How Palmetto is Becoming More Sustainable
December 6, 2018
Sustainability. A word most people know too well and hear too often.
“In simple terms, sustainability is a consideration of the delicate environment in everyday life,” Student Council Environmental Outreach Chair, Chloe Wilson said. “For instance, using a reusable water bottle or a lunch bag, recycling old phones or computers.”
While climate change constantly hangs over our heads, we often fail to realize the enormity of the situation. According to NASA Global Climate Change, the records for highest temperatures increased since the 1950s and surface temperatures also increased about two degrees Fahrenheit, which provides evidence for global warming.
Rightfully recognizing the dangers of the world’s greenhouse gas emissions, Miami Palmetto Senior High supports the motive to create a more sustainable school.
“The school participates in a old, used phone drive to harvest the precious metals for use through the Science National Honor Society, which also provides the necessary funding for the club if we win,” Wilson said. “Right now, we are looking into being speakers to encourage other students to become more informed on the matter.”
Attempting to become more eco-friendly, Palmetto also touches upon water conservation. “The school also installed water fountains for water bottles to encourage people to use recyclable bottles,” Wilson said.
These fountains display the number of plastic bottles saved from waste, which gives students perspective on the impact of small changes they can make.
Taught by Advanced Placement Environmental Science teacher, Pamela Schlachtman, the Solar Energy class tackles climate change through their group projects. #TurnItOff campaign, comprised of juniors Benjamin Goldstein, Aidan Katsikas, Paul Nameth, Daniel Rodriguez, and Logan Spiegelman, specifically focuses on vampire power, which is electrical power consumed even while appliances are off or on standby. They study how the reduction of this power can help conserve energy.
“This community service project is dedicated to bringing awareness to the issues of vampire power and those pertaining to energy efficiency,” junior Daniel Rodriguez said.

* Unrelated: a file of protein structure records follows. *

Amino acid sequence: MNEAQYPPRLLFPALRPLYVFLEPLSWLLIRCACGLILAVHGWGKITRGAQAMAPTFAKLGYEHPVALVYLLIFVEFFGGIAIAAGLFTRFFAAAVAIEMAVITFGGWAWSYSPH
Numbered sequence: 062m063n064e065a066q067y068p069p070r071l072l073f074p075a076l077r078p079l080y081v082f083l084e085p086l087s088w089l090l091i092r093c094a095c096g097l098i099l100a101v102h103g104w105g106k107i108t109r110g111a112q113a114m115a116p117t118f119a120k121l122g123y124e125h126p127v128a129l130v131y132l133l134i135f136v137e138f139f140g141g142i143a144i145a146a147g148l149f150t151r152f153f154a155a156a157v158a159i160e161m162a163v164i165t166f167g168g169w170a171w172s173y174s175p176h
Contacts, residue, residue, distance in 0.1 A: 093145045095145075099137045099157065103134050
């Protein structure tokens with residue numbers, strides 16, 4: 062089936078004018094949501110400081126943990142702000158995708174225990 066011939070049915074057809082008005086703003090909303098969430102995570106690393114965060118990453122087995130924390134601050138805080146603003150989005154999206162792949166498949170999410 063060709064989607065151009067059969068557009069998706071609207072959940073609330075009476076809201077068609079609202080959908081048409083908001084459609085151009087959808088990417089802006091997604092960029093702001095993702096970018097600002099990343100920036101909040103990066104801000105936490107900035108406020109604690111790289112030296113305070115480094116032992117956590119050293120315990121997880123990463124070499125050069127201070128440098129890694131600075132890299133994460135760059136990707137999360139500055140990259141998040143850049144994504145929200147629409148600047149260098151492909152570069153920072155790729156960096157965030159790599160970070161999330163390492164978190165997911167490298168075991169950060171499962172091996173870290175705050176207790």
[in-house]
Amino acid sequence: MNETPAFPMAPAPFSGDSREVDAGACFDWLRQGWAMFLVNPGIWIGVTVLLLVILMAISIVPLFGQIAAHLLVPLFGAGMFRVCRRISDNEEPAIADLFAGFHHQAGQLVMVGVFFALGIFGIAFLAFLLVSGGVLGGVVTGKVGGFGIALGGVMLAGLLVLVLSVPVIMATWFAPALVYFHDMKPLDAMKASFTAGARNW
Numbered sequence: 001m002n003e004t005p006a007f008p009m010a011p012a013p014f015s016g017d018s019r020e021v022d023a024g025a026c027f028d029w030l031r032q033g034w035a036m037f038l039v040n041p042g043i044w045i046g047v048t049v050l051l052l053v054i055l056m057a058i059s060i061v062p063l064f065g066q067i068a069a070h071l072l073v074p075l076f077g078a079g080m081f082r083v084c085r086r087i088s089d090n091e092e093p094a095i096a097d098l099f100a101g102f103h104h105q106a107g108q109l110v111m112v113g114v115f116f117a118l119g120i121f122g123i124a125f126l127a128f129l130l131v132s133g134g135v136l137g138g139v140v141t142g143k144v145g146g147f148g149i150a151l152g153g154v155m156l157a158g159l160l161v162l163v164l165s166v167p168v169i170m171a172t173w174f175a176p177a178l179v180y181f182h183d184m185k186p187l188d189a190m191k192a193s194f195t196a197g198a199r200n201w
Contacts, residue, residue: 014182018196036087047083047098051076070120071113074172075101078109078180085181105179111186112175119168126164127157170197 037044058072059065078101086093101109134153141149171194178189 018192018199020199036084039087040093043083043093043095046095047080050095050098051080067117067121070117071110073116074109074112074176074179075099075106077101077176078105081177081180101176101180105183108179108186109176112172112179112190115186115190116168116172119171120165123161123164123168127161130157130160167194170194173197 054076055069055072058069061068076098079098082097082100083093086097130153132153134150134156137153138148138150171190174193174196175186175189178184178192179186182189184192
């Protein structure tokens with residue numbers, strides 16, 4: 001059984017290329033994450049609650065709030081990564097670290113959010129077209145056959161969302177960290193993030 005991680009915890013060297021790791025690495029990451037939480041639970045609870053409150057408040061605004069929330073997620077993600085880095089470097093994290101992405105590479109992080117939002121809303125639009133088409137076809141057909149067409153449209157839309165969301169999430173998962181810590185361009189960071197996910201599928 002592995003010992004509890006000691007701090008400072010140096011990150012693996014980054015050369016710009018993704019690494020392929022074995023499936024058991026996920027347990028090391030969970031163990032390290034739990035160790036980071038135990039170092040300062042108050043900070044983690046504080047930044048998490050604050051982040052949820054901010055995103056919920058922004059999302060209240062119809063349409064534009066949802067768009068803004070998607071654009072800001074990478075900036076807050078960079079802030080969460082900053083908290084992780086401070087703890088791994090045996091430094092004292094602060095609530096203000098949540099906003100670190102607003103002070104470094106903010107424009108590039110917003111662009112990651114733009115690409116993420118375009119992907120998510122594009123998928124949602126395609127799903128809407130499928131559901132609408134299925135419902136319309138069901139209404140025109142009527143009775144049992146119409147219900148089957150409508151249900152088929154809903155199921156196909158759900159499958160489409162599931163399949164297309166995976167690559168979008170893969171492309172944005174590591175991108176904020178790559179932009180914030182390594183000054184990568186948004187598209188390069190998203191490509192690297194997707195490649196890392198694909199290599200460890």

The group focused on learning about the school’s energy consumption, and the effects of it.
“We have calculated how much money for the school and how many pounds of CO2 emissions can be saved each year by doing one simple change which was, in this case, changing the 1000s wing to automatic sensors for lights since they’re often left on,” junior Benjamin Goldstein said.
Vampire power alone heavily contributes to the overall issues of greenhouse gas emissions.
“Ten percent of all household energy use is caused by vampire power used by idle appliances,” junior Paul Nameth said. “An average household could save about $150 a year by reducing this usage and reduce carbon emissions by 1,500 pounds per year.”
The group wants people to contain more awareness , especially concerning the issues of energy consumption.
“You’re obviously going to have a lot of appliances and electronics that are going to be plugged in, like your TV, it’s always plugged in, but there are a lot of other appliances and some electronics [that do not need to be plugged in],” Nameth said. “So through [unplugging appliances not in use] we could save a lot of money as a community and individuals and cut down on our greenhouse gas emissions.”
People can make a huge impact with environmental consciousness Every sustainable choice makes a difference, which #TurnItOff wants to convey.
“It’s the small things that all add up because at the end of the day if enough people enact the same change, no matter the size of the contribution, it’s all going to add up,” junior Logan Spiegelman said.
As our fellow students explained , next time you charge your phone, once you are done, make sure to unplug the charger.
“It’s very easy to reduce vampire energy,” junior Aidan Katsikas said. “Unplugging devices in your house like chargers, printers, and powerstrips can reduce the amount of wasted energy.”
If you are thinking of bringing a water bottle to school, try bringing a reusable bottle. Every eco-friendly action eventually can lead to a positive overall effect.
“Final words,” Rodriguez said. “Simple changes make big differences.”
Follow #TurnItOff’s Instagram for updates on their project and ways you can be more environmentally conscious @hashtagturnitoff
Also make sure to take their survey: #TurnItOff Light Survey (https://docs.google.com/forms/d/e/1FAIpQLSciz_dBoFj-3M-MpaenOuc6ZMHn3T1gtTKo85AvJNnda9WNSg/viewform)